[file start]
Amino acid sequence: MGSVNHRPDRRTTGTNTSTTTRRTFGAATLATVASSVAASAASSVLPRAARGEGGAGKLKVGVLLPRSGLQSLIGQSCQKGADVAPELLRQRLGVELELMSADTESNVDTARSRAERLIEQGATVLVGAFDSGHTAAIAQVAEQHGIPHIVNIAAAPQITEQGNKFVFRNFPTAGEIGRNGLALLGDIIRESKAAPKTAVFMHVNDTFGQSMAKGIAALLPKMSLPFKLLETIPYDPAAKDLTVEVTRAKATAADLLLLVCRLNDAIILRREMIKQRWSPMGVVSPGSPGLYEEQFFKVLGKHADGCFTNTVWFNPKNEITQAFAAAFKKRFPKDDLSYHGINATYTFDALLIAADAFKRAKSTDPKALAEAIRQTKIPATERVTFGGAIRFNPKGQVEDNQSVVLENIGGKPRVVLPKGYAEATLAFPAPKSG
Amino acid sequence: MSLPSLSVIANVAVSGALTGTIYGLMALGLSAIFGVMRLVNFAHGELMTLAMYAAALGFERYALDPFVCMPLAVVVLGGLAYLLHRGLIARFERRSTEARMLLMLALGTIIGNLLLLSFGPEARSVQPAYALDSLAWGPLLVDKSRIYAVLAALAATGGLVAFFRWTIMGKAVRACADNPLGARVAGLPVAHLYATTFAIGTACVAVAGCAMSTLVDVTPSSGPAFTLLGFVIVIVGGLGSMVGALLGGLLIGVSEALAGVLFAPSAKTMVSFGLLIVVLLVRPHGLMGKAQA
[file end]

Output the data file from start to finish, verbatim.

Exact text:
Amino acid sequence: MGSVNHRPDRRTTGTNTSTTTRRTFGAATLATVASSVAASAASSVLPRAARGEGGAGKLKVGVLLPRSGLQSLIGQSCQKGADVAPELLRQRLGVELELMSADTESNVDTARSRAERLIEQGATVLVGAFDSGHTAAIAQVAEQHGIPHIVNIAAAPQITEQGNKFVFRNFPTAGEIGRNGLALLGDIIRESKAAPKTAVFMHVNDTFGQSMAKGIAALLPKMSLPFKLLETIPYDPAAKDLTVEVTRAKATAADLLLLVCRLNDAIILRREMIKQRWSPMGVVSPGSPGLYEEQFFKVLGKHADGCFTNTVWFNPKNEITQAFAAAFKKRFPKDDLSYHGINATYTFDALLIAADAFKRAKSTDPKALAEAIRQTKIPATERVTFGGAIRFNPKGQVEDNQSVVLENIGGKPRVVLPKGYAEATLAFPAPKSG
Amino acid sequence: MSLPSLSVIANVAVSGALTGTIYGLMALGLSAIFGVMRLVNFAHGELMTLAMYAAALGFERYALDPFVCMPLAVVVLGGLAYLLHRGLIARFERRSTEARMLLMLALGTIIGNLLLLSFGPEARSVQPAYALDSLAWGPLLVDKSRIYAVLAALAATGGLVAFFRWTIMGKAVRACADNPLGARVAGLPVAHLYATTFAIGTACVAVAGCAMSTLVDVTPSSGPAFTLLGFVIVIVGGLGSMVGALLGGLLIGVSEALAGVLFAPSAKTMVSFGLLIVVLLVRPHGLMGKAQA